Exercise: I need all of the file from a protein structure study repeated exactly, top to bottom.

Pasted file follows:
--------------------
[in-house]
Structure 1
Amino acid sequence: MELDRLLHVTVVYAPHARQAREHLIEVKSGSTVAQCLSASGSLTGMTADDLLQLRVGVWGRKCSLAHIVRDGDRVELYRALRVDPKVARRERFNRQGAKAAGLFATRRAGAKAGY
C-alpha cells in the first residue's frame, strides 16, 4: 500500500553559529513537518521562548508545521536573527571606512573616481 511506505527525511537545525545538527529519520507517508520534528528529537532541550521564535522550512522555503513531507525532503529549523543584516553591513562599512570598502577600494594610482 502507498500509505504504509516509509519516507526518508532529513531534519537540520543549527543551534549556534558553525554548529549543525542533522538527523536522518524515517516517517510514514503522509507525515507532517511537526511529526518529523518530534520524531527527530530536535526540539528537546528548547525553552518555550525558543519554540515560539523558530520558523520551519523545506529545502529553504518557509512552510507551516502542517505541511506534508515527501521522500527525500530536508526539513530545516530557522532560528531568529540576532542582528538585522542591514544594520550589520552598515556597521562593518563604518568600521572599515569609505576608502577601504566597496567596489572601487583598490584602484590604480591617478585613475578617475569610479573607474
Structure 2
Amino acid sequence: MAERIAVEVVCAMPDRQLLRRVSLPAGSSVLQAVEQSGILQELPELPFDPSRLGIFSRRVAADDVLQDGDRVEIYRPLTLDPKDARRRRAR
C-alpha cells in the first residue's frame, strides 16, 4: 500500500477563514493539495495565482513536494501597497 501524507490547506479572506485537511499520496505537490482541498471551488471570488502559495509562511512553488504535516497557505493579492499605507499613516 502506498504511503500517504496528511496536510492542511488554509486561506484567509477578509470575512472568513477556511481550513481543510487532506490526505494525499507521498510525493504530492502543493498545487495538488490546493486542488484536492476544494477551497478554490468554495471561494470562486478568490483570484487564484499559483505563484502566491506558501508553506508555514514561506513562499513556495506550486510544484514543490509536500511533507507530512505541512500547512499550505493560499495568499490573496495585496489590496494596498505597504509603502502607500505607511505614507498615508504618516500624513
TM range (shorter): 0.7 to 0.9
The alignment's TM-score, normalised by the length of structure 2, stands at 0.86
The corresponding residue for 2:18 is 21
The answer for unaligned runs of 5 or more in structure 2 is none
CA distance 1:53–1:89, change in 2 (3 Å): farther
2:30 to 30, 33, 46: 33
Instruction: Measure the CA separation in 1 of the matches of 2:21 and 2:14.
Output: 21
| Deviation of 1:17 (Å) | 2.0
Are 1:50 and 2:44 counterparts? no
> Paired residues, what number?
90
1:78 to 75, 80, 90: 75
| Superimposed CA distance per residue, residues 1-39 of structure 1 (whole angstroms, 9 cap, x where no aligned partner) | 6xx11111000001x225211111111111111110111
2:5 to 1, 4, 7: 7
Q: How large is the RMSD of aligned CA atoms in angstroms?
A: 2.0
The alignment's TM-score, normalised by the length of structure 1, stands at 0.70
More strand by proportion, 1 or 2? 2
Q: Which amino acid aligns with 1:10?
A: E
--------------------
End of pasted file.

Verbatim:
[in-house]
Structure 1
Amino acid sequence: MELDRLLHVTVVYAPHARQAREHLIEVKSGSTVAQCLSASGSLTGMTADDLLQLRVGVWGRKCSLAHIVRDGDRVELYRALRVDPKVARRERFNRQGAKAAGLFATRRAGAKAGY
C-alpha cells in the first residue's frame, strides 16, 4: 500500500553559529513537518521562548508545521536573527571606512573616481 511506505527525511537545525545538527529519520507517508520534528528529537532541550521564535522550512522555503513531507525532503529549523543584516553591513562599512570598502577600494594610482 502507498500509505504504509516509509519516507526518508532529513531534519537540520543549527543551534549556534558553525554548529549543525542533522538527523536522518524515517516517517510514514503522509507525515507532517511537526511529526518529523518530534520524531527527530530536535526540539528537546528548547525553552518555550525558543519554540515560539523558530520558523520551519523545506529545502529553504518557509512552510507551516502542517505541511506534508515527501521522500527525500530536508526539513530545516530557522532560528531568529540576532542582528538585522542591514544594520550589520552598515556597521562593518563604518568600521572599515569609505576608502577601504566597496567596489572601487583598490584602484590604480591617478585613475578617475569610479573607474
Structure 2
Amino acid sequence: MAERIAVEVVCAMPDRQLLRRVSLPAGSSVLQAVEQSGILQELPELPFDPSRLGIFSRRVAADDVLQDGDRVEIYRPLTLDPKDARRRRAR
C-alpha cells in the first residue's frame, strides 16, 4: 500500500477563514493539495495565482513536494501597497 501524507490547506479572506485537511499520496505537490482541498471551488471570488502559495509562511512553488504535516497557505493579492499605507499613516 502506498504511503500517504496528511496536510492542511488554509486561506484567509477578509470575512472568513477556511481550513481543510487532506490526505494525499507521498510525493504530492502543493498545487495538488490546493486542488484536492476544494477551497478554490468554495471561494470562486478568490483570484487564484499559483505563484502566491506558501508553506508555514514561506513562499513556495506550486510544484514543490509536500511533507507530512505541512500547512499550505493560499495568499490573496495585496489590496494596498505597504509603502502607500505607511505614507498615508504618516500624513
TM range (shorter): 0.7 to 0.9
The alignment's TM-score, normalised by the length of structure 2, stands at 0.86
The corresponding residue for 2:18 is 21
The answer for unaligned runs of 5 or more in structure 2 is none
CA distance 1:53–1:89, change in 2 (3 Å): farther
2:30 to 30, 33, 46: 33
Instruction: Measure the CA separation in 1 of the matches of 2:21 and 2:14.
Output: 21
| Deviation of 1:17 (Å) | 2.0
Are 1:50 and 2:44 counterparts? no
> Paired residues, what number?
90
1:78 to 75, 80, 90: 75
| Superimposed CA distance per residue, residues 1-39 of structure 1 (whole angstroms, 9 cap, x where no aligned partner) | 6xx11111000001x225211111111111111110111
2:5 to 1, 4, 7: 7
Q: How large is the RMSD of aligned CA atoms in angstroms?
A: 2.0
The alignment's TM-score, normalised by the length of structure 1, stands at 0.70
More strand by proportion, 1 or 2? 2
Q: Which amino acid aligns with 1:10?
A: E